Posted January 29, 2015 by jimhigley
(Sorry this post is two days late – I’ve been under the weather! This is the fourth week of a six-month journey of self-discovery. Thanks for joining me. Earlier this week I shared Chapter 3 from my book, “Bobblehead Dad: 25 Lessons I Forgot I Knew.” Today we take the topic presented in that chapter a little deeper – and I share some thought questions for you. Tomorrow, I hope you’ll come back for a new story about stress. Thanks for being here.
Writing the story I shared a few days ago – about going to my dad’s office every week – was one of the most cathartic experiences of my life.
And the interesting thing to me – after my book was published – was how many people related to that story of sitting and watching my father open his mail. Their stories didn’t involve mail, however. They were stories about fishing. Or mowing. Or doing carpentry. Shaving, farming, cooking. Or fixing a broken carburetor.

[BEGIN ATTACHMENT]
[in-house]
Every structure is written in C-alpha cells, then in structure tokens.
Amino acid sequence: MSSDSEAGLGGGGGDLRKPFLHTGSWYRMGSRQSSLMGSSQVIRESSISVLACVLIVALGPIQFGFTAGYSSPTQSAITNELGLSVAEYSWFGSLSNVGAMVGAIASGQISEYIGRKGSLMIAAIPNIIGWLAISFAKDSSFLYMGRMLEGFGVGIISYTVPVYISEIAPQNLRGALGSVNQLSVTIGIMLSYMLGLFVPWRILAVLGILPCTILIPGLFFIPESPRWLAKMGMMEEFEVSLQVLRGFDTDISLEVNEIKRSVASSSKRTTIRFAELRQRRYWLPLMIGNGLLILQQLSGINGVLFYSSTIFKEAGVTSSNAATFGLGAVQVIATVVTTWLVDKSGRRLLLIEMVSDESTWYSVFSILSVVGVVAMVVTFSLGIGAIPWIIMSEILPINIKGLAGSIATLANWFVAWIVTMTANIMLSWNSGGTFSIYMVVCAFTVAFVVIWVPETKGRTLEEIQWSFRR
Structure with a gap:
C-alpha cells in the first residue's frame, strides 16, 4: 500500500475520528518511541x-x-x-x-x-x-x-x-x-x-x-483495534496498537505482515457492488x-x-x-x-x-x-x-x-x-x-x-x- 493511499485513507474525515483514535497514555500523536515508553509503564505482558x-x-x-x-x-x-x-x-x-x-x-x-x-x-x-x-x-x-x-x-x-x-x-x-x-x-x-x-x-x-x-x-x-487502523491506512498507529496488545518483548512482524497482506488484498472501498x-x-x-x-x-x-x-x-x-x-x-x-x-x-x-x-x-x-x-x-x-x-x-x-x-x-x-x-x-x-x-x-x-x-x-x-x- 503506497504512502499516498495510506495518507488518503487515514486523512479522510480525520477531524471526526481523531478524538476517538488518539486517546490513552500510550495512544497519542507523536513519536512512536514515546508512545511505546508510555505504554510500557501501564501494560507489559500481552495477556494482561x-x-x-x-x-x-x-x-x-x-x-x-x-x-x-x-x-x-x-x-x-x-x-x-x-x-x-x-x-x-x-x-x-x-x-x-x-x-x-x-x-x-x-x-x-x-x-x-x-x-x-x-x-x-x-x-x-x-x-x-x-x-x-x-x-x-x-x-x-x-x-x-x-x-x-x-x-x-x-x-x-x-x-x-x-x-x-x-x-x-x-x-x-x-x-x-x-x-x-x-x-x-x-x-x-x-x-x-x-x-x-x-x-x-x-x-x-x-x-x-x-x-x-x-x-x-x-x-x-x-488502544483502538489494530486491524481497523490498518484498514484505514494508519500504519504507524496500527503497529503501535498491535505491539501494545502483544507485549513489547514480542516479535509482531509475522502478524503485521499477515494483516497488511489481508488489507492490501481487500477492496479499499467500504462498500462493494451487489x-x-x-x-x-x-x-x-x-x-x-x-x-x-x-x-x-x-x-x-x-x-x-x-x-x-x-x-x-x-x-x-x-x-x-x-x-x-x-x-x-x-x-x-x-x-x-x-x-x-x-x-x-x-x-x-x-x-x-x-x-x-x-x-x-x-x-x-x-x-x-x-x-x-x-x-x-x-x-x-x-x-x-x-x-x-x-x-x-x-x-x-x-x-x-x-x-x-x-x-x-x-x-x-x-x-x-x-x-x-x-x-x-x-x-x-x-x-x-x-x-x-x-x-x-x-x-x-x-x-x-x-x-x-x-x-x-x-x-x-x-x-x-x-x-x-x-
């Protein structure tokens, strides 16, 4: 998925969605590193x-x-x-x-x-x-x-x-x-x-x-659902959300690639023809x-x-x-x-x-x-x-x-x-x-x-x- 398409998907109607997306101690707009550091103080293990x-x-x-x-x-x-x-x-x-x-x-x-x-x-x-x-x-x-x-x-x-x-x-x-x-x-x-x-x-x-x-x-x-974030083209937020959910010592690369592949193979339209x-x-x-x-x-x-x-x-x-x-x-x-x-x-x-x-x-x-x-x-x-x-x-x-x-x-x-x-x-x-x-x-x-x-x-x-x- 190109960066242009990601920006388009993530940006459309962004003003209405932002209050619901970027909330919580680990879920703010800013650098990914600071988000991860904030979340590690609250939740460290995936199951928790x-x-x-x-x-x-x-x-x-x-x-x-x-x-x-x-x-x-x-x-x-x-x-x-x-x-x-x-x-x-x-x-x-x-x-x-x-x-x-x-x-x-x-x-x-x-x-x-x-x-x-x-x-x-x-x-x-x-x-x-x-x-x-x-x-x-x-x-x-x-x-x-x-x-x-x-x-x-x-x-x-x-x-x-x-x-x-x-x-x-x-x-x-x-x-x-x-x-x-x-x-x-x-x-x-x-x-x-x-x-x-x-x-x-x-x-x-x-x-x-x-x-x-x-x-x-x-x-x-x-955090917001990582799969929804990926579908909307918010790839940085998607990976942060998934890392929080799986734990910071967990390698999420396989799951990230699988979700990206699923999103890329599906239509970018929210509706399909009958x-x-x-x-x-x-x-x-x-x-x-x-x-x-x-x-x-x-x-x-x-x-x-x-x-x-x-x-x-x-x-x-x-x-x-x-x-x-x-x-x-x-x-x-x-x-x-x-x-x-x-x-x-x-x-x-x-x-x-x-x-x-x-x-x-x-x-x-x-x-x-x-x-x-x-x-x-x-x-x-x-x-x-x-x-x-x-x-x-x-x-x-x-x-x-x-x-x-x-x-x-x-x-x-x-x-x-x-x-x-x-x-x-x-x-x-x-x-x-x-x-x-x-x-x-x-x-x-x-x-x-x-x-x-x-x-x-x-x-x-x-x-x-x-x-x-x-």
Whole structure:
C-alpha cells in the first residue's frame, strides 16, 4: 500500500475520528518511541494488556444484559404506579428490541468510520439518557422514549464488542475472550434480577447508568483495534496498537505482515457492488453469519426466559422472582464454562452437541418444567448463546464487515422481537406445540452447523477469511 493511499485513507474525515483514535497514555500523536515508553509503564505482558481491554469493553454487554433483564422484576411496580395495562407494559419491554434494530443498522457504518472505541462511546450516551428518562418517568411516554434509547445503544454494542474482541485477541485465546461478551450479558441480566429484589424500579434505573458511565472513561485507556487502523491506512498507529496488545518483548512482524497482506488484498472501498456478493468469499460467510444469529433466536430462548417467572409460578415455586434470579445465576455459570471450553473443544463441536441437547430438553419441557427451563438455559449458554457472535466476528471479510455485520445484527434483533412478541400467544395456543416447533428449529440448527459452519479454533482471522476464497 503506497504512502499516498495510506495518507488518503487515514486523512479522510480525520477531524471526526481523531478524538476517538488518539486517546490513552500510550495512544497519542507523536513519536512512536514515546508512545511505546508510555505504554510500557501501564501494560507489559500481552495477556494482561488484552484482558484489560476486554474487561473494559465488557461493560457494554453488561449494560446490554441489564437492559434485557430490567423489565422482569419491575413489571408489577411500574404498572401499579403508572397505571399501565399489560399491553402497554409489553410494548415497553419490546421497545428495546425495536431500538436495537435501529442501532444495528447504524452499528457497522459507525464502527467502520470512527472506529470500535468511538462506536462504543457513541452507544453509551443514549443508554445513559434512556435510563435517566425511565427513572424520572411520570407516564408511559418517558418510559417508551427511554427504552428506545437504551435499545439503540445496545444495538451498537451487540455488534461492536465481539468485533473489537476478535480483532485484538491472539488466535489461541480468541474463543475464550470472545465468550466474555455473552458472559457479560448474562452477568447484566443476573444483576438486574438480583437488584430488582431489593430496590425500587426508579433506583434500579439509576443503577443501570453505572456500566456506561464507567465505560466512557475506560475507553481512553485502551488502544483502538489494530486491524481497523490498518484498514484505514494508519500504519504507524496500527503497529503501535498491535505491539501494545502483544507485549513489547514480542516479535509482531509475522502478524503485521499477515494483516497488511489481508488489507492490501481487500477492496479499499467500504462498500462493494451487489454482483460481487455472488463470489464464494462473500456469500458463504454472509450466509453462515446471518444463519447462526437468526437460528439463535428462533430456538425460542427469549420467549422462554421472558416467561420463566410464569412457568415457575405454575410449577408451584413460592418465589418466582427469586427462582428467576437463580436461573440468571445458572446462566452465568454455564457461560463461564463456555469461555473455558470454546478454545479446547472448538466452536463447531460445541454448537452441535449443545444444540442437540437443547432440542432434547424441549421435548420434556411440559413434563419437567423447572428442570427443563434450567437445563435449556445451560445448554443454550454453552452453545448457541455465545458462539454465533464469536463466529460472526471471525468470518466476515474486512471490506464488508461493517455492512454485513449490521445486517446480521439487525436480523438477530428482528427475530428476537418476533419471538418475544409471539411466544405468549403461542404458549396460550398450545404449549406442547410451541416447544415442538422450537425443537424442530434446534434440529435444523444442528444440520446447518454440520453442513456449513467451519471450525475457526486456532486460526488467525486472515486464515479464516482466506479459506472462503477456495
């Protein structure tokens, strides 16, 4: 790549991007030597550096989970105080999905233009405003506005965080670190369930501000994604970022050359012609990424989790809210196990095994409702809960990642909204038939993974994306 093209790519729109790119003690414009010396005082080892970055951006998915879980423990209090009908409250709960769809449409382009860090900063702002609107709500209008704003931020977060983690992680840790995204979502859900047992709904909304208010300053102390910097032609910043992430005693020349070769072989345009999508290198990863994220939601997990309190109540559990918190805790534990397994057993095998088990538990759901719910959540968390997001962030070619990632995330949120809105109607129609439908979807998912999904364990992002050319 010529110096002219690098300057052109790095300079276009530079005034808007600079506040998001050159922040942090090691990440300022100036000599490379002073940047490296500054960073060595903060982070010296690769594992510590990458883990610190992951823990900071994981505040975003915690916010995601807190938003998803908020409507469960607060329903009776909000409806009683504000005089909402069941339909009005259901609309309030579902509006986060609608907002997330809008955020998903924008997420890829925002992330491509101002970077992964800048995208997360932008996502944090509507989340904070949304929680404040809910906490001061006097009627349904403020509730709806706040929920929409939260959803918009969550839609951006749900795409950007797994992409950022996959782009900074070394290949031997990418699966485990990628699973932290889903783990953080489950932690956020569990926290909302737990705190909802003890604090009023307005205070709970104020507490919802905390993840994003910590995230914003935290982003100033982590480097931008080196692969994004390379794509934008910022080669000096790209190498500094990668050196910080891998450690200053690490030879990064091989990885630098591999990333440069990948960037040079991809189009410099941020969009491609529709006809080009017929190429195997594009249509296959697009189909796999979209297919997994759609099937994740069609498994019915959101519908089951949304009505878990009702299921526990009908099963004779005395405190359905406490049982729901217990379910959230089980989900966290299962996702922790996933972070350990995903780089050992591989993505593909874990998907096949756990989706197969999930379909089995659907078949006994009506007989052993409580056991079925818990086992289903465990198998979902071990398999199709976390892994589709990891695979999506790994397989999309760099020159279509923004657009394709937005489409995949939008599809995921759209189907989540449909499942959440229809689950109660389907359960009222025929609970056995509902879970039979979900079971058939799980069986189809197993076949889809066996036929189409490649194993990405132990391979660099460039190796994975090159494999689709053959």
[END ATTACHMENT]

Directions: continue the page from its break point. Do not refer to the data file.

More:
They were nuggets of everyday tasks. Unimportant in the scheme of things. Yet what made them important was the person behind the task.
And the unimportant thing my father did was open mail.
But it wasn’t really about mail, was it? It was about how he lived his every day life. It was how he approached things – especially the difficult things – that left his handprint on my life.
He modeled healthy behavior.
And it wasn’t until my cancer journey that I more fully understood and appreciated how the modeling I observed as a small child impacted my life as an adult..
Which, of course, made me
panic over reflect about the way I was modeling healthy behavior for my own children. And no where is that a bigger challenge than when I’m dealing with stress. My emotions travel quick. From a micro level, to my heart, to my stomach, my eyes and then to my words. All in a nanosecond. I actually like that. Because I know I can instantly tap into my inner-feelings at the flip of a switch. I’ve always got some company.
But that company can be debilitating when I’m faced with stressful situation. From everyday stress to “You’ve got cancer” stress and all the way to “having a teenage child” stress – which I’m now in the final 12 months of a 13-year sentence.
The triggers that can induce stress never stop.
But I’ve got a secret weapon. I learned it watching my dad open mail.
I can’t help but wonder what secret weapon my kids will think I gave them.
Come back tomorrow and we’ll talk more. I’ve left some questions for you to think about. And here’s a quick link to yesterday’s story.